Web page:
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CloudBoost Collaborator Guide


This document contains information for Collaborators of the CloudBoost project regarding maintaining the code, documentation and issues.

Collaborators should be familiar with the guidelines for new contributors in and also understand the project governance model as outlined in

Issues and Pull Requests

Courtesy should always be shown to individuals submitting issues and pull requests to the CloudBoost project.

Collaborators should feel free to take full responsibility for managing issues and pull requests they feel qualified to handle, as long as this is done while being mindful of these guidelines, the opinions of other Collaborators and guidance of the TC.

Collaborators may close any issue or pull request they believe is not relevant for the future of the CloudBoost project. Where this is unclear, the issue should be left open for several days to allow for additional discussion. Where this does not yield input from CloudBoost Collaborators or additional evidence that the issue has relevance, the issue may be closed. Remember that issues can always be re-opened if necessary.

Accepting Modifications

All modifications to the CloudBoost code and documentation should be performed via GitHub pull requests, including modifications by Collaborators and TC members.

All pull requests must be reviewed and accepted by a Collaborator with sufficient expertise who is able to take full responsibility for the change. In the case of pull requests proposed by an existing Collaborator, an additional Collaborator is required for sign-off.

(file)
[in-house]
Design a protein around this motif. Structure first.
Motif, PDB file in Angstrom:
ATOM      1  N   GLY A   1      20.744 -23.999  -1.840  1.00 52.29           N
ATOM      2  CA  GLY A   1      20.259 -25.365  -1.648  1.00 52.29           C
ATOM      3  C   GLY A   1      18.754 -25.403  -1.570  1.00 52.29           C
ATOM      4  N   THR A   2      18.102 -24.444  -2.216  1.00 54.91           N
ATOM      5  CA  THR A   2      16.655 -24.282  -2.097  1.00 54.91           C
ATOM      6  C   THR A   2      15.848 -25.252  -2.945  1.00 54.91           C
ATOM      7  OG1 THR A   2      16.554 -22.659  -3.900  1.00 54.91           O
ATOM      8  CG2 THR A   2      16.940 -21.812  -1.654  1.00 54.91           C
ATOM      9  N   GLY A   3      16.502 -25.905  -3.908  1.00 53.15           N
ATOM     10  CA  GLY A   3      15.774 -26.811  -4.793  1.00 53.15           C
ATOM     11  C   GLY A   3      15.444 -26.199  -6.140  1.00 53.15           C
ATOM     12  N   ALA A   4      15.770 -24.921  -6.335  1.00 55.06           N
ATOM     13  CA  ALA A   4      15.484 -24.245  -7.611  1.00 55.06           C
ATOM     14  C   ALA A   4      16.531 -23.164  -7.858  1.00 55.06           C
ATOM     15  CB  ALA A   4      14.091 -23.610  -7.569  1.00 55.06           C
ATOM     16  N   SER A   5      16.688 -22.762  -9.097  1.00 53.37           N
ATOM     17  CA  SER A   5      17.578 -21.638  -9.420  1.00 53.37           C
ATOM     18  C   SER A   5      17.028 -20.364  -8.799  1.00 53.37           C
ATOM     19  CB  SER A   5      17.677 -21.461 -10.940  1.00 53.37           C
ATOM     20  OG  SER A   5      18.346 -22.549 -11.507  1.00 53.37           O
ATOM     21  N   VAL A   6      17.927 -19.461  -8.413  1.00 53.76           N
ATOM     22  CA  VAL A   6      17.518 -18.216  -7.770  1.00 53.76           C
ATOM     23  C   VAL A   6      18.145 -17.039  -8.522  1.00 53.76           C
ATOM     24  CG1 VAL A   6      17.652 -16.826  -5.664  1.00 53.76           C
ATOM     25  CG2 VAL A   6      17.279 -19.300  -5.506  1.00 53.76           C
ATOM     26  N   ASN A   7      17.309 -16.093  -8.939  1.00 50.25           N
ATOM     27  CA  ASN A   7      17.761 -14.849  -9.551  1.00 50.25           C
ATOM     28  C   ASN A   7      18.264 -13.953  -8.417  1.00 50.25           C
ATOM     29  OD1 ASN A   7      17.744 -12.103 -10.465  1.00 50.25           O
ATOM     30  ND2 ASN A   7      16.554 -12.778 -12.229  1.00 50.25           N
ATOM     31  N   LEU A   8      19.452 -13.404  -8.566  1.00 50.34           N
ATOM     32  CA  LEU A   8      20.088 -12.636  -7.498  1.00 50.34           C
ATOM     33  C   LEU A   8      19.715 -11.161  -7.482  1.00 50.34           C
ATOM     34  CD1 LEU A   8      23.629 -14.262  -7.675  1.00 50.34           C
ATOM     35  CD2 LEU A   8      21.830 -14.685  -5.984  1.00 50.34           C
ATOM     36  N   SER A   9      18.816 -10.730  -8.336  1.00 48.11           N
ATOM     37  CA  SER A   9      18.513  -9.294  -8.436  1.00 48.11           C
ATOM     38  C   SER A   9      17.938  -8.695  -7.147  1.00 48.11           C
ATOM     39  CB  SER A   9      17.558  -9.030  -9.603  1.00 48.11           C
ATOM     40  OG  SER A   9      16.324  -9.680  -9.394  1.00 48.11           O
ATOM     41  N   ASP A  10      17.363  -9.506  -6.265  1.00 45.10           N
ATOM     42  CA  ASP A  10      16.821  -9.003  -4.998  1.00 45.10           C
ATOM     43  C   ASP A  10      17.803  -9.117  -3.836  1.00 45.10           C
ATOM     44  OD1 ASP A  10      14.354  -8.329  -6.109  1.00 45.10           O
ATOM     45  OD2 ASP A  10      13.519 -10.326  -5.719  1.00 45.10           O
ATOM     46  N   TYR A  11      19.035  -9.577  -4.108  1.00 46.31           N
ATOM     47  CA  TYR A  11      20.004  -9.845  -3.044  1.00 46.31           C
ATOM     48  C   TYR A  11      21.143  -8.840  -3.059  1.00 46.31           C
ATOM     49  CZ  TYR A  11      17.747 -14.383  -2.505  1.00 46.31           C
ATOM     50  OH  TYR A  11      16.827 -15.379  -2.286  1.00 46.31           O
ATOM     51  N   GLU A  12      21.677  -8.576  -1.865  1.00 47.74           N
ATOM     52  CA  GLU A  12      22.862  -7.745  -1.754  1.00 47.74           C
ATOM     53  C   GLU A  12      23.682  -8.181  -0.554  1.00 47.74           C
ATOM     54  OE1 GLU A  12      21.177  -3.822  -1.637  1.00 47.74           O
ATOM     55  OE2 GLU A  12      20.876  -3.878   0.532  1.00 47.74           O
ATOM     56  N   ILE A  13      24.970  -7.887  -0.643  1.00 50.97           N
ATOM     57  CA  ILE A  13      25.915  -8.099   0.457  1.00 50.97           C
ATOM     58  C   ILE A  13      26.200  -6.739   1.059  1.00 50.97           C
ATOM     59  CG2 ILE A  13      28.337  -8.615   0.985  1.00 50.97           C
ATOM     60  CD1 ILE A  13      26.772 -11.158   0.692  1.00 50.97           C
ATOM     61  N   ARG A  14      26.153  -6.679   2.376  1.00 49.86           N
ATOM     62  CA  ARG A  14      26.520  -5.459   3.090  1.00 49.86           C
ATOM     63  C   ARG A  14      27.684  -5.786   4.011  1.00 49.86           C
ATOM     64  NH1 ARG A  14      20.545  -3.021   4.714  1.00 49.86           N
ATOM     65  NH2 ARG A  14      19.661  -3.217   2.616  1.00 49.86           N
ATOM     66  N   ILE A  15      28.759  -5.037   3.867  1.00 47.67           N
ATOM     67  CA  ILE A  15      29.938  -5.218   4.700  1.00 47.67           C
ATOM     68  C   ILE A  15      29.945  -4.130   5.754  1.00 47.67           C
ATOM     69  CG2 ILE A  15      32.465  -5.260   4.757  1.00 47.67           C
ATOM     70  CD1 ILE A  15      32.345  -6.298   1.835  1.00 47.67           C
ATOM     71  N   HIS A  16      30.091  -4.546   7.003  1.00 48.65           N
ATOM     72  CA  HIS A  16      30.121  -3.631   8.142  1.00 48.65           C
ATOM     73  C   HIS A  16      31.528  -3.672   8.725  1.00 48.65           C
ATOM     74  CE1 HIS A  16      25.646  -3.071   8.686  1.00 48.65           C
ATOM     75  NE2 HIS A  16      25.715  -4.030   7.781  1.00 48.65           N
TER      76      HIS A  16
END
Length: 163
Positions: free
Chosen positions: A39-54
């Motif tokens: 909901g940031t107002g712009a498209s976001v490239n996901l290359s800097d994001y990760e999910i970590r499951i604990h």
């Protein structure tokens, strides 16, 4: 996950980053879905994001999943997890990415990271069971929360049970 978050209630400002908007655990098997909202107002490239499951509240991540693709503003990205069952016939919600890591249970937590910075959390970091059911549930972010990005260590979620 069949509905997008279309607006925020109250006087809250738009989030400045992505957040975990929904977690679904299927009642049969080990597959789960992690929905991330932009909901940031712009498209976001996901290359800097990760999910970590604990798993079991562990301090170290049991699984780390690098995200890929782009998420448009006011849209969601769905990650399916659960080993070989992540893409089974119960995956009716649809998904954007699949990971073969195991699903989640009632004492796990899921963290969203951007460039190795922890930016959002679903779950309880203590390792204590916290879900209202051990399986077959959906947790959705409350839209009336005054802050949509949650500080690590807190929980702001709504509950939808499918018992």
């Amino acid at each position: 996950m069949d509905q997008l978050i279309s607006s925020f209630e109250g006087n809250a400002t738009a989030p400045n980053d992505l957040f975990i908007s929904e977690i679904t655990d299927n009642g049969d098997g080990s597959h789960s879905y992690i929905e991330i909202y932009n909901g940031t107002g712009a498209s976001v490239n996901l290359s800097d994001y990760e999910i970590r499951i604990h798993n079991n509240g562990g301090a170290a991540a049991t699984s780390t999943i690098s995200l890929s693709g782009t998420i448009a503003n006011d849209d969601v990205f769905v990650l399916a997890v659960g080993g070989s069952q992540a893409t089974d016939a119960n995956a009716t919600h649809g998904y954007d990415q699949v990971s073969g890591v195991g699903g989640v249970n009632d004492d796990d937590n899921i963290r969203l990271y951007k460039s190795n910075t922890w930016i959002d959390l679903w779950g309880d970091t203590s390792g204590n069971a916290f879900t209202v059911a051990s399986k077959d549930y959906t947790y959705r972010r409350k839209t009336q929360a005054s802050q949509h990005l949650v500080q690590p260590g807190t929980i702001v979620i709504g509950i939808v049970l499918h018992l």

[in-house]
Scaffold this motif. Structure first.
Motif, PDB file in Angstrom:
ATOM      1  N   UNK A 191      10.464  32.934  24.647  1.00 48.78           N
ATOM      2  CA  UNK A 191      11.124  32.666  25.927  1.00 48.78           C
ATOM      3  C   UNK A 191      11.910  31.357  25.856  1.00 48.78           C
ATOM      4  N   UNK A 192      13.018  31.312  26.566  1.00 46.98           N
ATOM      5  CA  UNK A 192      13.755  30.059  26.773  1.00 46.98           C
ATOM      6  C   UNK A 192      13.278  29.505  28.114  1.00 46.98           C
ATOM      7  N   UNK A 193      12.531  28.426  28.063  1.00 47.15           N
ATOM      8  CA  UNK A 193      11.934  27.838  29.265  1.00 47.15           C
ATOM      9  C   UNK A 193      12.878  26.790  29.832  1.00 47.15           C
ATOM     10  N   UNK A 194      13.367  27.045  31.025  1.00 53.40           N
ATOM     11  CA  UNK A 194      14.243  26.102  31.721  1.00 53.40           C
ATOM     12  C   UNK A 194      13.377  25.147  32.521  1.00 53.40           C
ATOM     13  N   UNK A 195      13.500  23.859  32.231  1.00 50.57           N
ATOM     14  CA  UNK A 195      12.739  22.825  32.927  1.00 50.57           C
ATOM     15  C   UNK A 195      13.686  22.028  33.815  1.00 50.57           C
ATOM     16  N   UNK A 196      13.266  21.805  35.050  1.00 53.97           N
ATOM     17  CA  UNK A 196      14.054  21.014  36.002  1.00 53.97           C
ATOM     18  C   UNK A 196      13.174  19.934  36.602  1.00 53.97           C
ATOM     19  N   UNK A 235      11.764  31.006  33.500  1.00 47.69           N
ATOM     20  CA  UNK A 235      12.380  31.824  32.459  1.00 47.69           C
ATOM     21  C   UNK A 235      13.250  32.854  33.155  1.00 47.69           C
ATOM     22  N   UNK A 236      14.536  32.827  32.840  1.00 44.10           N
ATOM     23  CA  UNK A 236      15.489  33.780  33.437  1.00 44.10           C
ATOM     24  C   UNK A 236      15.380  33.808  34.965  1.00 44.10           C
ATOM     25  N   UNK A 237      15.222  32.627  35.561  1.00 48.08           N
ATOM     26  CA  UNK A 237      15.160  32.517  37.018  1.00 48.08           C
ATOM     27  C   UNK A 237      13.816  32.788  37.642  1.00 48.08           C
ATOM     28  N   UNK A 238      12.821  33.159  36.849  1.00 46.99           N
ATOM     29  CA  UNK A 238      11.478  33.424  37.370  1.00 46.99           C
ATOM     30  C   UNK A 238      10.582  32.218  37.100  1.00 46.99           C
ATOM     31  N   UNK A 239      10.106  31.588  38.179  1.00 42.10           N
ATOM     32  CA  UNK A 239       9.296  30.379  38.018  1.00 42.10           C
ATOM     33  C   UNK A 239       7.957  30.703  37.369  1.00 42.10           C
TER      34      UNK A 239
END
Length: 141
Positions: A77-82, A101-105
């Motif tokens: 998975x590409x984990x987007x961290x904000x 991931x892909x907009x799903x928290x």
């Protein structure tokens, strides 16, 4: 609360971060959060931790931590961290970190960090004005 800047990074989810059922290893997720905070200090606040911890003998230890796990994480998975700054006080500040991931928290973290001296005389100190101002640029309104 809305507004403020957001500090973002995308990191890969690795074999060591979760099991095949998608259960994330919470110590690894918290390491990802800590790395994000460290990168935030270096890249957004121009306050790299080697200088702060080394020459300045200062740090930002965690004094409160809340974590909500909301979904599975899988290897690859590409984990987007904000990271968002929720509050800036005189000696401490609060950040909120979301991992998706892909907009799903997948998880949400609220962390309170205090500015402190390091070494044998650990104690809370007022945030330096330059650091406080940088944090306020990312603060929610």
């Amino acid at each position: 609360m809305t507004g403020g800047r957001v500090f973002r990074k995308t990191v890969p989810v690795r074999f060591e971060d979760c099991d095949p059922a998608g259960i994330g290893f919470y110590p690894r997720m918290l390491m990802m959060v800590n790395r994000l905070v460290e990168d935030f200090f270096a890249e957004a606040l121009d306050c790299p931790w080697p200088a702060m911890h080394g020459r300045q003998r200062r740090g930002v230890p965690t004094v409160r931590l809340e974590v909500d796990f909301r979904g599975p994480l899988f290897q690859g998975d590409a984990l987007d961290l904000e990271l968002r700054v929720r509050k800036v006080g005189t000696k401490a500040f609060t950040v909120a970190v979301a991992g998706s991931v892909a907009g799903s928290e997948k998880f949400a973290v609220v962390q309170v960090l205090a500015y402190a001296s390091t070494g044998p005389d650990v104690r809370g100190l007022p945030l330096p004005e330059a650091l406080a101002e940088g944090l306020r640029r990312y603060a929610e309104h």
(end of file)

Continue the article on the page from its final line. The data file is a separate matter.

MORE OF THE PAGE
In some cases, it may be necessary to summon a qualified Collaborator to a pull request for review by @-mention.

If you are unsure about the modification and are not prepared to take full responsibility for the change, defer to another Collaborator.

Before landing pull requests, sufficient time should be left for input from other Collaborators. Leave at least 48 hours during the week and 72 hours over weekends to account for international time differences and work schedules. Trivial changes (e.g. those which fix minor bugs or improve performance without affecting API or causing other wide-reaching impact) may be landed after a shorter delay.

Where there is no disagreement amongst Collaborators, a pull request may be landed given appropriate review. Where there is discussion amongst Collaborators, consensus should be sought if possible. The lack of consensus may indicate the need to elevate discussion to the TC for resolution (see below).

All bugfixes require a test case which demonstrates the defect. The test should fail before the change, and pass after the change.

All pull requests that modify executable code should be subjected to continuous integration tests on the Travis CI Server.

Involving the TC

Collaborators may opt to elevate pull requests or issues to the TC for discussion by assigning the tc-agenda tag. This should be done where a pull request:

  • has a significant impact on the codebase,
  • is inherently controversial; or
  • has failed to reach consensus amongst the Collaborators who are actively participating in the discussion.

The TC should serve as the final arbiter where required.

Landing Pull Requests

Always modify the original commit message to include additional meta information regarding the change process: